DOD expands its bug hunting programme to networks, IoT and more

The US Department of Defense opens the scope of its vulnerability disclosure programme to include all publicly accessible information systems.
Written by Liam Tung, Contributing Writer

The US Department of Defense (DOD) has significantly expanded its bug bounty program to all publicly accessible information systems, including not just websites but also networks, frequency-based communication, Internet of Things, and industrial control systems. 

The DoD bug bounty, which is overseen by the DoD's Cyber Crime Center (DC3), is now much broader than the "Hack the Pentagon" pilot kicked off in 2016 with partner HackerOne. Hackers were restricted to probing DoD's public-facing websites and applications. 

Brett Goldstein, director of the Defense Digital Service, said the DoD's bug bounty "allows for research and reporting of vulnerabilities related to all DoD publicly-accessible networks, frequency-based communication, Internet of Things, industrial control systems, and more", according to a DoD press release.  

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"This expansion is a testament to transforming the government's approach to security and leapfrogging the current state of technology within DoD," said Goldstein.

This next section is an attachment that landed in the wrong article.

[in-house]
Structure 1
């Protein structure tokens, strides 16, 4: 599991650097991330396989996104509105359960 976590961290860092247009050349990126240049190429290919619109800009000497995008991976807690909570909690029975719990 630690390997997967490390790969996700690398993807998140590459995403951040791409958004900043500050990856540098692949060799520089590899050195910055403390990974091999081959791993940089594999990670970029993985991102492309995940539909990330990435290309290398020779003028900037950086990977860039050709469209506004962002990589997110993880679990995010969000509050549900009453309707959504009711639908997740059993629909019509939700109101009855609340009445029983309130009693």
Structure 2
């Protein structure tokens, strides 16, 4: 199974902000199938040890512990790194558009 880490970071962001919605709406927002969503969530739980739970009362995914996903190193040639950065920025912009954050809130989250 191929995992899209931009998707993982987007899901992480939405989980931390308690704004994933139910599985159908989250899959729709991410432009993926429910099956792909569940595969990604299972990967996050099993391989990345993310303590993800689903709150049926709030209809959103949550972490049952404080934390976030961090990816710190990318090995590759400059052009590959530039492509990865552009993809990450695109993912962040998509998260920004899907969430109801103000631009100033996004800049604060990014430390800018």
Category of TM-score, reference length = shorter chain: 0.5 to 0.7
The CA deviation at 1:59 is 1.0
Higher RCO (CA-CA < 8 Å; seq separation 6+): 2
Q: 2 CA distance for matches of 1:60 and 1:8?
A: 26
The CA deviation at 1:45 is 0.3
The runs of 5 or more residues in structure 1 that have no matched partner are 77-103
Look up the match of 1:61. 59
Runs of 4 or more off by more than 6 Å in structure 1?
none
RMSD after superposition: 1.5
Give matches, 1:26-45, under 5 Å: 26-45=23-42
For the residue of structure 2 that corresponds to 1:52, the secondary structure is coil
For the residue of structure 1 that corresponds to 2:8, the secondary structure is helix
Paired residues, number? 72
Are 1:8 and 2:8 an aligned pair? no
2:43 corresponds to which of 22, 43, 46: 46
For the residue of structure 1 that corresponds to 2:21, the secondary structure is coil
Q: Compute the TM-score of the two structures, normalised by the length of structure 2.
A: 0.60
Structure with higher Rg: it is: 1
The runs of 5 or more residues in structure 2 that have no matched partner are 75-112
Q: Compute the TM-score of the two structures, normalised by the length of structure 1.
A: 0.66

The DoD says that since the bug bounty launched, it had received more than 29,000 vulnerability reports from hackers. More than 70% of them determined to be valid after triage.   

Last month DC3 launched another bug bounty pilot called the Defense Industrial Base Vulnerability Disclosure Program (DIB-VDP), which aims to improve the security of defense contractors. It's also being run on HackerOne

Carnegie Mellon University Software Engineering Institute conducted a feasibility study in 2020 and recommended the pilot program proceed

"The department has always maintained the perspective that DOD websites were only the beginning as they account for a fraction of our overall attack surface," said DC3 director Kristopher Johnson.

Johnson said he expects the number of bug reports it receives to "drastically increase" due to the broader scope of the program, which now allows security researchers to report bugs they wouldn't have been allowed to in the past.

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